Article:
Nikon Z 6II

    Nikon Z 7II

    June 2021

    NIKON Z fc

    NIKKOR Z DX 16-50mm f/3.5-6.3 VR Silver Edition

    NIKKOR Z 28mm f/2.8 (SE)

    NIKKOR Z MC 105mm f/2.8 VR S

    NIKKOR Z MC 50mm f/2.8

    August 2021

    EISA award winners:

    Nikon Z 6II (Advanced Camera award)

    Nikon Z 5 (Best Buy Camera award)

    NIKKOR Z MC 50mm f/2.8 (Best Macro Lens award)

    NIKKOR Z 70-200mm f/2.8 VR S (Best Telephoto Zoom Lens award)

    September 2021

    NIKKOR Z 40mm f/2

    October 2021

    NIKON Z 9

    NIKKOR Z DX 18-140mm f/3.5-6.3 VR

    NIKKOR Z 24-120mm f/4 S

    NIKKOR Z 100-400mm f/4.5-5.6 VR S

    Mount Adapter FTZ II

    November 2021

    NIKKOR Z 28mm f/2.8

    DPREVIEW Awards 2021

    Z 9 (Winner, Product of the Year)

    All eyes on the Z 9

    In the year of Z 9—all eyes were on our mirrorless flagship. How would it be received? The responses from the Nikon community were overwhelming. Here’s a selection of just some of our favourites.

    “Congratulations Nikon, this is a very important step and an innovative product.”
    “Kudos to the designers and engineers, what an amazing camera!”
    “Nikon has really opened the game wide with this one.”
    “I knew it was going to be a game changer but phenomenal doesn’t even come close.”
    “The future becomes clear as of today.”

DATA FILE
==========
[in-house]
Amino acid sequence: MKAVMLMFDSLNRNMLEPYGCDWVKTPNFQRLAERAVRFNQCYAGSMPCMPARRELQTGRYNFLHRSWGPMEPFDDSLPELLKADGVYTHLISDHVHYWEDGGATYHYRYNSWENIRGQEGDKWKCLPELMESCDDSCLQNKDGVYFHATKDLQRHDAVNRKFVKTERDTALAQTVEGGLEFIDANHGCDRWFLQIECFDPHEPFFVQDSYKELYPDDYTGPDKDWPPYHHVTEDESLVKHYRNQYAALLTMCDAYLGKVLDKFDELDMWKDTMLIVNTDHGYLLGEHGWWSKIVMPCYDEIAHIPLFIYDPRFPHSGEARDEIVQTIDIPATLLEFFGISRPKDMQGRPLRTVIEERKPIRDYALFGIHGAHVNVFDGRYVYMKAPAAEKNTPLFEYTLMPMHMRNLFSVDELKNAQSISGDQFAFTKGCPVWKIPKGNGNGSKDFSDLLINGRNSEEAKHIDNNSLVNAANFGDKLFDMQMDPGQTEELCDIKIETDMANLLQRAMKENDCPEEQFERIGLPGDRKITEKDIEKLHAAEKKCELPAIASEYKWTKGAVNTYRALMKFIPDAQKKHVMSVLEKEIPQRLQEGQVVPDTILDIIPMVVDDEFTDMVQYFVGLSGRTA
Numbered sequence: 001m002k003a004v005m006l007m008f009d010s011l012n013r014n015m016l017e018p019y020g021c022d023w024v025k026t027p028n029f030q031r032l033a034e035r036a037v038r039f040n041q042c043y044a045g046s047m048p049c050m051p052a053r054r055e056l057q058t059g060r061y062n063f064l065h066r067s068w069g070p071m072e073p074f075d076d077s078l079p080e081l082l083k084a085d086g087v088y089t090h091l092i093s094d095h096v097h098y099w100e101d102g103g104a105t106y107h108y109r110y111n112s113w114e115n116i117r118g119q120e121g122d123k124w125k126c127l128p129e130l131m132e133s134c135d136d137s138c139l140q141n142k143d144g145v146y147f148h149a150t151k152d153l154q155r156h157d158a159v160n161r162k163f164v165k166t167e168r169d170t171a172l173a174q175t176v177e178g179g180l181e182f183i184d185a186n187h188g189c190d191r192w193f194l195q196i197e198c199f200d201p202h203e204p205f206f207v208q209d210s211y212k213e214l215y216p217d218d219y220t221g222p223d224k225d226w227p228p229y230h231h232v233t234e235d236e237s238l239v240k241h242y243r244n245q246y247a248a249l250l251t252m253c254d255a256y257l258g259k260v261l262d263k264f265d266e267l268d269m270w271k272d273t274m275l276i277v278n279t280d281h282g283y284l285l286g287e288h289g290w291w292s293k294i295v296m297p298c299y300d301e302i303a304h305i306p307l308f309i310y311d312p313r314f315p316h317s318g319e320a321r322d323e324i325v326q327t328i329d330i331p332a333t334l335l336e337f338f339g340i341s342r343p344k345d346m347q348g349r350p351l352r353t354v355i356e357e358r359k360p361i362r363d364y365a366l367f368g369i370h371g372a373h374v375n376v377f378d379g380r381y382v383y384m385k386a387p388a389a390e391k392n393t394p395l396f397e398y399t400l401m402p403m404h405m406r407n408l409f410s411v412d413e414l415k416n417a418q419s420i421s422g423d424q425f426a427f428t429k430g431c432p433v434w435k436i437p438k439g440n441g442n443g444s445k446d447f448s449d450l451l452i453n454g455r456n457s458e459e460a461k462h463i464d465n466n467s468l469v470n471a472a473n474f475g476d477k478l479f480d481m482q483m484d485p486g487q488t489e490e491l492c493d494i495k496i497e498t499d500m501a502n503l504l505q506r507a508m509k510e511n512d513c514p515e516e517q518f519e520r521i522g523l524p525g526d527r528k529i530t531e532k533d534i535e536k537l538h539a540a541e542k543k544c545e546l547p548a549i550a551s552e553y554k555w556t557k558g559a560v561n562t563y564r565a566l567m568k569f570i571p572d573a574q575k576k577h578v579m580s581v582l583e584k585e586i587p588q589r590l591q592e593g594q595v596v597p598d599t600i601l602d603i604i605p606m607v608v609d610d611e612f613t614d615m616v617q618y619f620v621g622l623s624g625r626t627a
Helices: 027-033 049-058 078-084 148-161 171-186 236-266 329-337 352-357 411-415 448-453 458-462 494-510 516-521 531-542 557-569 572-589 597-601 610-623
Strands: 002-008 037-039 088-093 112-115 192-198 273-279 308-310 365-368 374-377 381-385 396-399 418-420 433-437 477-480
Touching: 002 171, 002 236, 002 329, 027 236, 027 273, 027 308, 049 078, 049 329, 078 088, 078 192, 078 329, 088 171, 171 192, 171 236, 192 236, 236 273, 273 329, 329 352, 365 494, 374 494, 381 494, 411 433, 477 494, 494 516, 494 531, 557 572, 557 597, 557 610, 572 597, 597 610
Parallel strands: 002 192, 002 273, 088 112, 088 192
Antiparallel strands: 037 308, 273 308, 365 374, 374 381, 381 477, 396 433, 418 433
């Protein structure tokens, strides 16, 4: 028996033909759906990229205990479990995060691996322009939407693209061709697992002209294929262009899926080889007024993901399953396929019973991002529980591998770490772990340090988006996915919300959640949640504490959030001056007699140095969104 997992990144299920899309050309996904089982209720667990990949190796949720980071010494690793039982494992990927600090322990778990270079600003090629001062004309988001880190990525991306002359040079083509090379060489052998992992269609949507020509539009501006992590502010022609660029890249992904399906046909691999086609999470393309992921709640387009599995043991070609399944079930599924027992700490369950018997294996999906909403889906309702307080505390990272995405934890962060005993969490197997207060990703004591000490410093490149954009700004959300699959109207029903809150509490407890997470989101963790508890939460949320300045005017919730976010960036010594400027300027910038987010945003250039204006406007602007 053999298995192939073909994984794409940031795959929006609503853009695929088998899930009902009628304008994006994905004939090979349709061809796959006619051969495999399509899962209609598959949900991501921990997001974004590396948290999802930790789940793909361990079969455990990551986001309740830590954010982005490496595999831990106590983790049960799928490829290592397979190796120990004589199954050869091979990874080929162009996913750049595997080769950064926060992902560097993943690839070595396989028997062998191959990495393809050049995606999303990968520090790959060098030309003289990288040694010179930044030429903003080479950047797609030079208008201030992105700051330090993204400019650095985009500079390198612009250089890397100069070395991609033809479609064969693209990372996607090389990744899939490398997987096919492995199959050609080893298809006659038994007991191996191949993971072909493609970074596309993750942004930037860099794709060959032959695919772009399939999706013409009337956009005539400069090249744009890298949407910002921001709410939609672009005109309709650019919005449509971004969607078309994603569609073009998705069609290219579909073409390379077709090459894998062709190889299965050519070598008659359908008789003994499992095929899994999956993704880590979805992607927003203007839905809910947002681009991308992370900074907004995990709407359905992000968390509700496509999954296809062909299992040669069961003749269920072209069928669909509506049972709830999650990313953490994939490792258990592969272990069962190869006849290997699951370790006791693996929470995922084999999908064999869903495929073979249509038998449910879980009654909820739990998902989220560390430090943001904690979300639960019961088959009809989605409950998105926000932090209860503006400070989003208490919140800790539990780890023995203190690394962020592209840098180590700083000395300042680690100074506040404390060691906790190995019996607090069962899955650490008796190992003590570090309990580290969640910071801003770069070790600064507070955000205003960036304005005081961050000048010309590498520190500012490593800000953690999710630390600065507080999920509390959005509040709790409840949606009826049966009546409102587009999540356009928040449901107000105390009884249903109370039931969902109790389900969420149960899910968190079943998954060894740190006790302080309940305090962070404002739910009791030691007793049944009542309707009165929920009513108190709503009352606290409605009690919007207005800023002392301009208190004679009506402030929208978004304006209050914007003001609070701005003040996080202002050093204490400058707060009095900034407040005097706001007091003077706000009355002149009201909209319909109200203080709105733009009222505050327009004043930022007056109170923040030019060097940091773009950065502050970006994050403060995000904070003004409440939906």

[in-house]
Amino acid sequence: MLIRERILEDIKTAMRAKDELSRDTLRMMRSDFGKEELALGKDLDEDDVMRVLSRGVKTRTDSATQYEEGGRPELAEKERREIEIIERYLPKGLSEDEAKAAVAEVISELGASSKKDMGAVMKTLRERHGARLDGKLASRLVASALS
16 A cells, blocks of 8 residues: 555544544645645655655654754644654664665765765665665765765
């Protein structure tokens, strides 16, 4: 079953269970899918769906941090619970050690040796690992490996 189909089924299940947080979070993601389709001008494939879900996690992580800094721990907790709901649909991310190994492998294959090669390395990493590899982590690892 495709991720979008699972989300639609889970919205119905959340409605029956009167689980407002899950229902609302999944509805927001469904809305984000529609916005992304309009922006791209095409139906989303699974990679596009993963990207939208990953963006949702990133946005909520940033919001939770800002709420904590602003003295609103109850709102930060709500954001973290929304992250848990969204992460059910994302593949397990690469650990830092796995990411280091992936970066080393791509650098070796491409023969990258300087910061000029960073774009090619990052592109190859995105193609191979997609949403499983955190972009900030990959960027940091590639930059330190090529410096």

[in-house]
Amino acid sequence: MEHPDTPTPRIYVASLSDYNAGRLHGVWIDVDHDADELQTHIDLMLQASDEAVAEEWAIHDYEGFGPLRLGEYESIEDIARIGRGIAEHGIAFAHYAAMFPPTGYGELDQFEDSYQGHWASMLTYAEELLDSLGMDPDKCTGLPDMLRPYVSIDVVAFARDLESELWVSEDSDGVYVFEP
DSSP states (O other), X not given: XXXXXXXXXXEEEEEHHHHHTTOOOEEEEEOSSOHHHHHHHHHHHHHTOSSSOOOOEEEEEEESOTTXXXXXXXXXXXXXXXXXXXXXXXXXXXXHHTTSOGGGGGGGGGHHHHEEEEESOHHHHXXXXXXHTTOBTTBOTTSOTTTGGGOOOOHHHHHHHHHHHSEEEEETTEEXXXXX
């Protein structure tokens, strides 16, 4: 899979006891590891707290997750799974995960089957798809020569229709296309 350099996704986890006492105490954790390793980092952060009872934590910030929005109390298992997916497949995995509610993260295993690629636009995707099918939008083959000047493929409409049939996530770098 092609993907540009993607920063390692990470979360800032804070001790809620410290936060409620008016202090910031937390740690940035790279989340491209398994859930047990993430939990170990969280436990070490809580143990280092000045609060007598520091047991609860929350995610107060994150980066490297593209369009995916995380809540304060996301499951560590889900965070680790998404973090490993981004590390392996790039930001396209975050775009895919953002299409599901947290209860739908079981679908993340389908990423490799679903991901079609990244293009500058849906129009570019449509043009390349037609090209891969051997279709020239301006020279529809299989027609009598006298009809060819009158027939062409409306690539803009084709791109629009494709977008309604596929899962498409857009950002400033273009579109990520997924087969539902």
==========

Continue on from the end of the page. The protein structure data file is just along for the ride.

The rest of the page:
“I haven’t been this excited since, EVER!”
    “Nikon D3 made history…now it’s time for mirrorless.”

    Needless to say, we’re thrilled by the way the Z 9 has been received! We can’t wait to see what the future holds.

    Remembering Mick Rock

    “Technique wasn't important, what's important is getting the damned image and the energy...” (Mick Rock)
    Mick Rock with Nikon Df behind the scenes of 'The Revisit | Mick Rock and the Nikon Df', March 2014

    We were saddened to hear about the passing of British photographer Mick Rock in November this year. Known as the Man Who Shot the 70s, he was the personal photographer to David Bowie and a Nikon Ambassador.

    We had the honour of working with Mick for the launch of the Nikon Df: The Revisit was filmed as part of the launch, in which he re-created his iconic shots of the 70s. Watch it to see Mick Rock talking about his beginnings and what it took to shoot the heyday of punk, rock, and the New York music scene.

    Mick was as iconic as those he photographed, and he will be greatly missed.

    Thank you!

    After what can only be described as another unique year, is anyone brave enough to suggest what 2022 might have in store?

    We certainly aren’t, except in one respect: we know that the Nikon community of photographers and videographers will continue to inspire us, and we can’t wait to see what you will create.

    To all our #ZCreators and Nikon Ambassadors, and to all of you who share your photos and movies with us in contests and on our social media streams—we’d like to say thank you.

    Happy New Year! Here’s to a creative 2022!

    As we could not gather this year, here's a shot from our Christmas Party 2018, Nikon Europe!